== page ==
After a while, a Full Metal Alchemist vibe hit me, and I remembered that on the periodic table, every element is accompanied by a unique number which is equivalent to its atomic number (apologies if I am mistaken here, it’s been quite some time since my last Chemistry lessons back to the High School era).

So, the Ag-Hg-Ta-Sb-Po-Pd-Hg-Pt-Lr is translated into 47– 80– 73– 51– 84 –46–80–78–103. But again, it does not seems to be something meaningful, right? Let’s check to what that numbers correspond into ASCII. And BINGO! It seems that we got something there (and at that point I was really hoping not a mighty rabbit hole!).


Ok, we’ve got a png file and first thing that comes in mind when dealing with such things is exiftool. So, I’ve downloaded the file locally in order to check. Not much, to be honest, apart from the name of the artist. I, also, ran steghide but I didn’t get something back.

Exiftool info.

Let’s do some OSINT work and search for that Piet Mondrian guy (who is actually a Dutch painter born in 1872, one of the pioneers of 20th-century abstract art). After a lot (and I really mean a lot) search, I came across this page with a stego tool that reminded the name of our artist.

npiet online.

Clicking on the link, I was redirected on a website which I could upload an image and get back something that might be hidden on it, I guess. So, I uploaded our png file and what I got was really satisfying.

Nagios Credentials.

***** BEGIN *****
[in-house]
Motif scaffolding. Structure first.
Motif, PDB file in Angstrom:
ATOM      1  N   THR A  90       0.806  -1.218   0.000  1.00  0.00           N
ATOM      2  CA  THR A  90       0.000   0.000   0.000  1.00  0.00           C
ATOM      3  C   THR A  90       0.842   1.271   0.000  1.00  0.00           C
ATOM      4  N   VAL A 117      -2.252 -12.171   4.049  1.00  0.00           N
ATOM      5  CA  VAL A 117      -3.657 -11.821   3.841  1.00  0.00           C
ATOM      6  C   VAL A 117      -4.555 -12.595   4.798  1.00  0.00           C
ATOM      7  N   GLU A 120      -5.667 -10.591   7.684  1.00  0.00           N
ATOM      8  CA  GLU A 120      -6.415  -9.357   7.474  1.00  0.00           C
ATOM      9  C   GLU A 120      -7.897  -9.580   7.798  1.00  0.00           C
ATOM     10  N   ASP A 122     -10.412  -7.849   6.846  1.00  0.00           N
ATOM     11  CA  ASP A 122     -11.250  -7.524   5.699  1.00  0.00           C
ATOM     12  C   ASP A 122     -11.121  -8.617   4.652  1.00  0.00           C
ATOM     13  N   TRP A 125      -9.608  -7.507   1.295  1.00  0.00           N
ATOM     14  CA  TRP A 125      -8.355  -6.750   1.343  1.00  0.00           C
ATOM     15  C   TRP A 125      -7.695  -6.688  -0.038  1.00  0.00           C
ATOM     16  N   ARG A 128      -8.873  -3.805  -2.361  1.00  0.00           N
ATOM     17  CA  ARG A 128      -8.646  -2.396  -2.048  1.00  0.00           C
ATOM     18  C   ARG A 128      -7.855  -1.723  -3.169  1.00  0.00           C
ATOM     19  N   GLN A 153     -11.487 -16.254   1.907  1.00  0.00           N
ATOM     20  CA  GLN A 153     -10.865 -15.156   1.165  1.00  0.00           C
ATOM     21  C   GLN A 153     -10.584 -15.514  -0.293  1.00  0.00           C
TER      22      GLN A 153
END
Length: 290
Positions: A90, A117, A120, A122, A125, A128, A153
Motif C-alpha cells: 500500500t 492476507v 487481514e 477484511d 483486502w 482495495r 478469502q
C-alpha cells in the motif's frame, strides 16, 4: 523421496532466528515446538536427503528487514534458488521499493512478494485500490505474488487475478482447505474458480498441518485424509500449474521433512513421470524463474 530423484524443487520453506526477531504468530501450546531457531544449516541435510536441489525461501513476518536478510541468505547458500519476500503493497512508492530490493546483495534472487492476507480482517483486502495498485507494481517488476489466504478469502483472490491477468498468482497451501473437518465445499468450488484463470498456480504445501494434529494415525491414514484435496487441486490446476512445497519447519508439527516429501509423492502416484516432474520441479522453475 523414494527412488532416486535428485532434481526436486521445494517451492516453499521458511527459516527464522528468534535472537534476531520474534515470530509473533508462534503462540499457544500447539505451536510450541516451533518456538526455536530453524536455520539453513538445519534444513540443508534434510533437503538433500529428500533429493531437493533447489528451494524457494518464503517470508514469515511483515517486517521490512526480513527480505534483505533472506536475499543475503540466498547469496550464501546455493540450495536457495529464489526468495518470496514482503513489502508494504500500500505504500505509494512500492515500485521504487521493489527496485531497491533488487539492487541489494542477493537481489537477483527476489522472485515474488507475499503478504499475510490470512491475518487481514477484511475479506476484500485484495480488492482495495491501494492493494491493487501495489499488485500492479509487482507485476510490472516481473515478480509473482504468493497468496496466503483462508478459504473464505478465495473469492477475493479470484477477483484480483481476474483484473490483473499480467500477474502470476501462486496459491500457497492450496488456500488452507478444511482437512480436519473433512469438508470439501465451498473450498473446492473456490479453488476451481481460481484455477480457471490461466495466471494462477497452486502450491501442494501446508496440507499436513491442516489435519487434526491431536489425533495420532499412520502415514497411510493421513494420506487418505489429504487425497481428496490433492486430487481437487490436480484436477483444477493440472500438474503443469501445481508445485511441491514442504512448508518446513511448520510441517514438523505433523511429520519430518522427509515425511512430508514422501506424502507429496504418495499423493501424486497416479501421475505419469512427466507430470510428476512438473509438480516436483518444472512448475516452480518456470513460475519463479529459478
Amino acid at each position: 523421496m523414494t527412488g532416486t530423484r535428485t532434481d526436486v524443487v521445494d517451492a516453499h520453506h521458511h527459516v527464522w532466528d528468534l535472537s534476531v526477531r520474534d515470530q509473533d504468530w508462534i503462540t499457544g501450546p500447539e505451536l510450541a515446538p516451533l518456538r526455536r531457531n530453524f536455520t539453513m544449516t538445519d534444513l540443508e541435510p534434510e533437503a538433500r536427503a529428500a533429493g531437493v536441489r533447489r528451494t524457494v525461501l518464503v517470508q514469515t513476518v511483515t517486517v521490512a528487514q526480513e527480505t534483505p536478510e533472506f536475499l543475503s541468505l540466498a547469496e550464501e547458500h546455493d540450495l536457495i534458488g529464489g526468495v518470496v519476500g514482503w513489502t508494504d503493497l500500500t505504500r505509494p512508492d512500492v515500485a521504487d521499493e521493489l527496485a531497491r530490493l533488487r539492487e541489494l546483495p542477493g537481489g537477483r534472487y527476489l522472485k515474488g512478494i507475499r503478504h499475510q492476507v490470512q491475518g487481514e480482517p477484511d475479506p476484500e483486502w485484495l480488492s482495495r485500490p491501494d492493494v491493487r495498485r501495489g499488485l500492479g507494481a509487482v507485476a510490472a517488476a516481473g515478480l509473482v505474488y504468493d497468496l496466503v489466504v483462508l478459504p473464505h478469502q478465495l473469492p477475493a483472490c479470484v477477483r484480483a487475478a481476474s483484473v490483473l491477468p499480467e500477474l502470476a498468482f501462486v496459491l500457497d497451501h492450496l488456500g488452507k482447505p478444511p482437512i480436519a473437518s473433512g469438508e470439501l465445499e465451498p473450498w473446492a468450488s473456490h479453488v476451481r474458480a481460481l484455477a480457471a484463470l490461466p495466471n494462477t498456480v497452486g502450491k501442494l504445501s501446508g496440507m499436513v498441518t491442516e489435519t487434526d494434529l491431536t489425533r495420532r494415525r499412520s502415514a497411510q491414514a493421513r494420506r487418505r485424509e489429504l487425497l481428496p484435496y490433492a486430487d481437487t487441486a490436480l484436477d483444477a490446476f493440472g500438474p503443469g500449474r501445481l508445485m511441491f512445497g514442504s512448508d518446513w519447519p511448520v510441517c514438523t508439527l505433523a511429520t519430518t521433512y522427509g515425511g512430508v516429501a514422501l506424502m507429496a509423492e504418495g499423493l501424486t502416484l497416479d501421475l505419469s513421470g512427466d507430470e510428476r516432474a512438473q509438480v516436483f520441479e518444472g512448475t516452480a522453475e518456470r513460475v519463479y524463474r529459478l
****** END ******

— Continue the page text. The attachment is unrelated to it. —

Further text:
Upon a quick search on Google, we can find that the default credentials for Nagios are nagiosadmin:PASSW0RD,which means that we might have found the username/password hidden within the image. And at that moment, I remembered that I had launched gobuster some ages ago, but I never checked out the outcome due to being to busy searching the image thing. So, here’s what its outcome was.


Without any further thought, I jumped quickly to the /index.php page and came across the Nagios Login Page. Breath deep, the moment of truth, let’s check if the credentials we collected are actually any good.

Within Nagios Console.

Sweet! We absolutely nailed it! Time to set up our attack.


Well, the tag of the challenge already gives it away, so no much to search here. In some more details, Nagios versions prior and up until version 5.5.6 are vulnerable to an Authenticated Remote Command Execution Attack that can offer the offensive side root rights on the victim machine (the Nagios version is visible upon logging in, on the bottom left side of the page, so we can be double verify that we are working with a vulnerable version) . For more details, on how the attack actually works, please check Rapid7’s report.

Nagios Version


Using Searchsploit and searching “nagios xi”, we can see that there is a Metasploit module for this vulnerability.


So let’s fire up Metasploit and make the needed trivial preparation below!


And voilà!! We are root.

That’s all guys for today!
I hope you enjoyed my write-up, as much as I enjoyed writing it.
See you next time and keep hacking! :)

A humble software engineer, cybersecurity freak, metalhead and crazy cat lady.